Some may think that creating an amazing podcast is as simple as having a chat, pressing record on your phone, and unleashing their creation on the world. The reality is often much more complex than that. Before sitting down to record your first episode, make sure you have robust answers to all of the questions we’ve asked below.

Who is the audience?

In podcast production, there’s no such thing as a passive consumer; your audience has to come and actively find you. So who are they? There’s nothing wrong with your show being niche – some of the biggest podcasts are made for niche audiences – but do you think there is an appetite for your show within your target audience?  Asking yourself these questions upfront will save you a lot of grief later if you discover that your hyper-niche show isn’t getting any downloads.

What is the purpose?

What are you trying to do with your podcast? Are you reporting on the latest news, trying to launch a comedy career, sharing your expertise with others, or something else entirely? It may seem like an obvious point, but if you don’t nail down what you’re trying to achieve upfront, your podcast can quickly become messy and lacking direction.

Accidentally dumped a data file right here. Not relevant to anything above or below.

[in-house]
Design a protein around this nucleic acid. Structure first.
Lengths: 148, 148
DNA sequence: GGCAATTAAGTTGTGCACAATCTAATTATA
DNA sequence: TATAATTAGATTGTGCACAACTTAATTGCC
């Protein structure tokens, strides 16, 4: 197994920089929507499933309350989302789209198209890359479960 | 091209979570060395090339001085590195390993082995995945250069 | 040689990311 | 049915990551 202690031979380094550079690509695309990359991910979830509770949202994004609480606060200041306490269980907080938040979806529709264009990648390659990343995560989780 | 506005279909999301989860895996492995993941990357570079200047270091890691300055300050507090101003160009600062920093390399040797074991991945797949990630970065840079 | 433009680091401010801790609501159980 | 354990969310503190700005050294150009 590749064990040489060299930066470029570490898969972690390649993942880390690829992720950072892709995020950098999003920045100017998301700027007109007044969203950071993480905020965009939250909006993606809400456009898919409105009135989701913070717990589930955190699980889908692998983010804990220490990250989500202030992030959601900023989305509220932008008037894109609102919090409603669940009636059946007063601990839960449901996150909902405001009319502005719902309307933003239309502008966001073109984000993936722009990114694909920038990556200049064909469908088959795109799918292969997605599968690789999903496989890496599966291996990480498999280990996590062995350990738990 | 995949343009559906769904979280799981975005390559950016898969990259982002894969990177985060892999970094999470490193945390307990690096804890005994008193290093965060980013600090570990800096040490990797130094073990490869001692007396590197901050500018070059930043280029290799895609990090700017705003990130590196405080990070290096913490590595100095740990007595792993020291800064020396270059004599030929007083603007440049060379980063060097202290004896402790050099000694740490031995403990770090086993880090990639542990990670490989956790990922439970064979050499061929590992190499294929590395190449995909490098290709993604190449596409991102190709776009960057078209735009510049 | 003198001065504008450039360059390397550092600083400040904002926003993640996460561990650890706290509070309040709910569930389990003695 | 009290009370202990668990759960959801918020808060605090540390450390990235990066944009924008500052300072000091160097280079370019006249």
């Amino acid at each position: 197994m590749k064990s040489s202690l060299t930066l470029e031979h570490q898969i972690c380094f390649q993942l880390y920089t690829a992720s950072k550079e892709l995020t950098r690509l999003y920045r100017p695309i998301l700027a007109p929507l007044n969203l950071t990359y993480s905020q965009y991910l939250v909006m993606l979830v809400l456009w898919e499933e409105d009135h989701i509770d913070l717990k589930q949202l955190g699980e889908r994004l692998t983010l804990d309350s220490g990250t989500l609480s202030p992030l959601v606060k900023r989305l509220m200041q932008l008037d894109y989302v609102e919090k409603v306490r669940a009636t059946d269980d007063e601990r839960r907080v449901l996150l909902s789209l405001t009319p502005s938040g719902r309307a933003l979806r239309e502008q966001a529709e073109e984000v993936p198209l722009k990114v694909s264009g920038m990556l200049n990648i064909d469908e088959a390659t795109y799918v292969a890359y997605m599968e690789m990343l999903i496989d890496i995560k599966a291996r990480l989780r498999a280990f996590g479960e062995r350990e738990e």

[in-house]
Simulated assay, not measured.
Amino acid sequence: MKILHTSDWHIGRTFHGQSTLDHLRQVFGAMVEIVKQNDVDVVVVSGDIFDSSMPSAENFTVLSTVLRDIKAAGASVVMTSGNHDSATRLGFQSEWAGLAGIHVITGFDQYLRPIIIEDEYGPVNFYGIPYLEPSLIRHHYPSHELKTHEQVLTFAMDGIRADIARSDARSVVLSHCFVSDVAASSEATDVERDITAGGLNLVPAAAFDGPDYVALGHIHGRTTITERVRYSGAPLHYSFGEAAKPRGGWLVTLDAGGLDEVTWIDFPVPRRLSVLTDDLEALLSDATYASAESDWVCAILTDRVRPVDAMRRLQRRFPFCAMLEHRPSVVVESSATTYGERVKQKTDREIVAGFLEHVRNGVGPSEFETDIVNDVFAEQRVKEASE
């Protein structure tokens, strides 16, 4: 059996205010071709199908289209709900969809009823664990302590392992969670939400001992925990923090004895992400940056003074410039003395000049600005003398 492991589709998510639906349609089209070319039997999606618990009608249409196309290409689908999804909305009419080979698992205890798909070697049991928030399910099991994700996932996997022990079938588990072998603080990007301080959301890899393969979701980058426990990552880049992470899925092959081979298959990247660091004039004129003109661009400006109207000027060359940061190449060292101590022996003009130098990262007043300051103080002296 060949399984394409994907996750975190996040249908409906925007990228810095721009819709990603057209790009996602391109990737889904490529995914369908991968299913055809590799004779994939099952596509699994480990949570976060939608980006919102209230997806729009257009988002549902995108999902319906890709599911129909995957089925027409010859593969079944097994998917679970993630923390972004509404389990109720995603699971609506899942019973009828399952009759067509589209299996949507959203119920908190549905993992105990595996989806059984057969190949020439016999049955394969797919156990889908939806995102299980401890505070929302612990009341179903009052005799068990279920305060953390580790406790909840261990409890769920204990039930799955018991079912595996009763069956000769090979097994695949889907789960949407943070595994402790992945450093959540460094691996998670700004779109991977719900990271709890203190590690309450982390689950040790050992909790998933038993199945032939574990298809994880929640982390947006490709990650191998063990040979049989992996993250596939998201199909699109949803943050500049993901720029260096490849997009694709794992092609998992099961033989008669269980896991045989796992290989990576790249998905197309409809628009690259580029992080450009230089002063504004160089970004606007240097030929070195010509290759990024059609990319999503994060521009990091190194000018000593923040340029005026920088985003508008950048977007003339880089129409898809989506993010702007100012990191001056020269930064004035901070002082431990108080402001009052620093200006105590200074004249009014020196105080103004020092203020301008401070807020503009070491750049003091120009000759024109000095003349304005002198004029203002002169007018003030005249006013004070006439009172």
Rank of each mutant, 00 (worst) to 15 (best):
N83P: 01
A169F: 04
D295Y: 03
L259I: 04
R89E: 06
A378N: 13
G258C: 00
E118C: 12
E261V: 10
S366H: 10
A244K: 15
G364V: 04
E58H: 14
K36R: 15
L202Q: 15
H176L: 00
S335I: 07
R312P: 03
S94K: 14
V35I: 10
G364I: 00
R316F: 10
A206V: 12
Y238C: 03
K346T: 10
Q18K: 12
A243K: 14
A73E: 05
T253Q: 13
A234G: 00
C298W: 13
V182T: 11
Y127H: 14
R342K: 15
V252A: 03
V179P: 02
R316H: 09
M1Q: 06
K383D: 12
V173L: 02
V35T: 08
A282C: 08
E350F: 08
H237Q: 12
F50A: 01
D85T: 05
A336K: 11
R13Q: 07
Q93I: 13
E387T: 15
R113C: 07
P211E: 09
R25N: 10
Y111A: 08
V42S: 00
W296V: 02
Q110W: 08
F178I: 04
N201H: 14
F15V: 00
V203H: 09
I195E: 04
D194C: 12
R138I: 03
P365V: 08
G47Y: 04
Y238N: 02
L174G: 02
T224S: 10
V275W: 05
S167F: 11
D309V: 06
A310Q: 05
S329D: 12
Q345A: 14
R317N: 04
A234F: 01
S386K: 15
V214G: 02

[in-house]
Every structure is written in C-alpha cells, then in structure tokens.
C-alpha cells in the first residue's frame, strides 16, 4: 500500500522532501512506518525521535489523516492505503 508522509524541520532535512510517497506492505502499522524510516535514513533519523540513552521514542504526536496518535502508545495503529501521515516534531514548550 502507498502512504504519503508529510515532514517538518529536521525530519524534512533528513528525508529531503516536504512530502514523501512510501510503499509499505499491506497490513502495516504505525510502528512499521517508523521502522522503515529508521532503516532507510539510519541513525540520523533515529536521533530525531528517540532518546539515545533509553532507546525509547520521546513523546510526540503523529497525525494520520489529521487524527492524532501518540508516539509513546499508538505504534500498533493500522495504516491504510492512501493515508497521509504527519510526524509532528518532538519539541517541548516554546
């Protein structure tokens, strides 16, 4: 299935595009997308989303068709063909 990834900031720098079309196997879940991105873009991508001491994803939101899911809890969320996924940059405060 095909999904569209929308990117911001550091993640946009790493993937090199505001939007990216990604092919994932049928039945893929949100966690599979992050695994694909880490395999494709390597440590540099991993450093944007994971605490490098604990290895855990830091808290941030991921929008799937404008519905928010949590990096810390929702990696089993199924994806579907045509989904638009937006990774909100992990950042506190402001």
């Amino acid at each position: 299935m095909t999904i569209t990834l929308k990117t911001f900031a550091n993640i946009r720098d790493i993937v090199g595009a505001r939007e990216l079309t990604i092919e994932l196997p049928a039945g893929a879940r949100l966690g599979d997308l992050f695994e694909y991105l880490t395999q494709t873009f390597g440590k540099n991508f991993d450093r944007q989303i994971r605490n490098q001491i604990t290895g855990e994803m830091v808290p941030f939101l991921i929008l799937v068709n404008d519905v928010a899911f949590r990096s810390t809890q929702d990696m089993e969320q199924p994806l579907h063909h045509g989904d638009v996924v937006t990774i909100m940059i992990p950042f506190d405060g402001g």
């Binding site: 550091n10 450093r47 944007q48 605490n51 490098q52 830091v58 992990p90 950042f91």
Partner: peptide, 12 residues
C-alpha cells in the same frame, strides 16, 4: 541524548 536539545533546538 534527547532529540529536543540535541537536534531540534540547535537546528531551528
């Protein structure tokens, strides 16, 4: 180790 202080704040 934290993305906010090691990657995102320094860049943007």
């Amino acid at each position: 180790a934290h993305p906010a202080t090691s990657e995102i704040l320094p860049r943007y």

What is the format?

There are tonnes of different podcast formats out there, but they typically fit into one of four categories. These are:

    • Monologue podcasts – one host speaking throughout
    • Interview podcast – a regular host (or hosts) interviewing different guests each week
    • Co-hosted podcast – two hosts speaking with one another
    • Panel podcasts – three or more hosts with a primary host to guide the discussion

The format is a huge part of a show’s style, and if you flip from one to another week to week you’ll confuse your audience. Find one that works for your show and stick with it.

What features will you have?

A great feature will keep guests coming back for more, so what features are you planning on including in your show – if any? They are not a necessity, but the familiarity of a weekly feature can help your audience engage with your show more.

Who will present it?

Now, you need to find your presenter. It’s best to use someone in-house so you don’t need to pay through the nose for each episode, but picking the right person is key. You need to make sure you pick someone whose voice (which means their vocabulary and talking style, not their accent) suits the theme of the show.

Will it be scripted or free-form?

There are great podcasts that follow both formats, but you need to pick the one that’s right for you. Will your show benefit from strict scripting or open discussion? Decide this upfront and stick to it, and your podcast will be better for it.

Will you have guests on?

Amazing guests are a great way of driving new listeners to your podcasts, as they’ll often share the episode with their own followers. It’s also a great way of making your podcasts more interesting, by having a more diverse set of voices. Despite this, guests won’t suit every podcast, so have a think upfront about whether you want to have them on your show.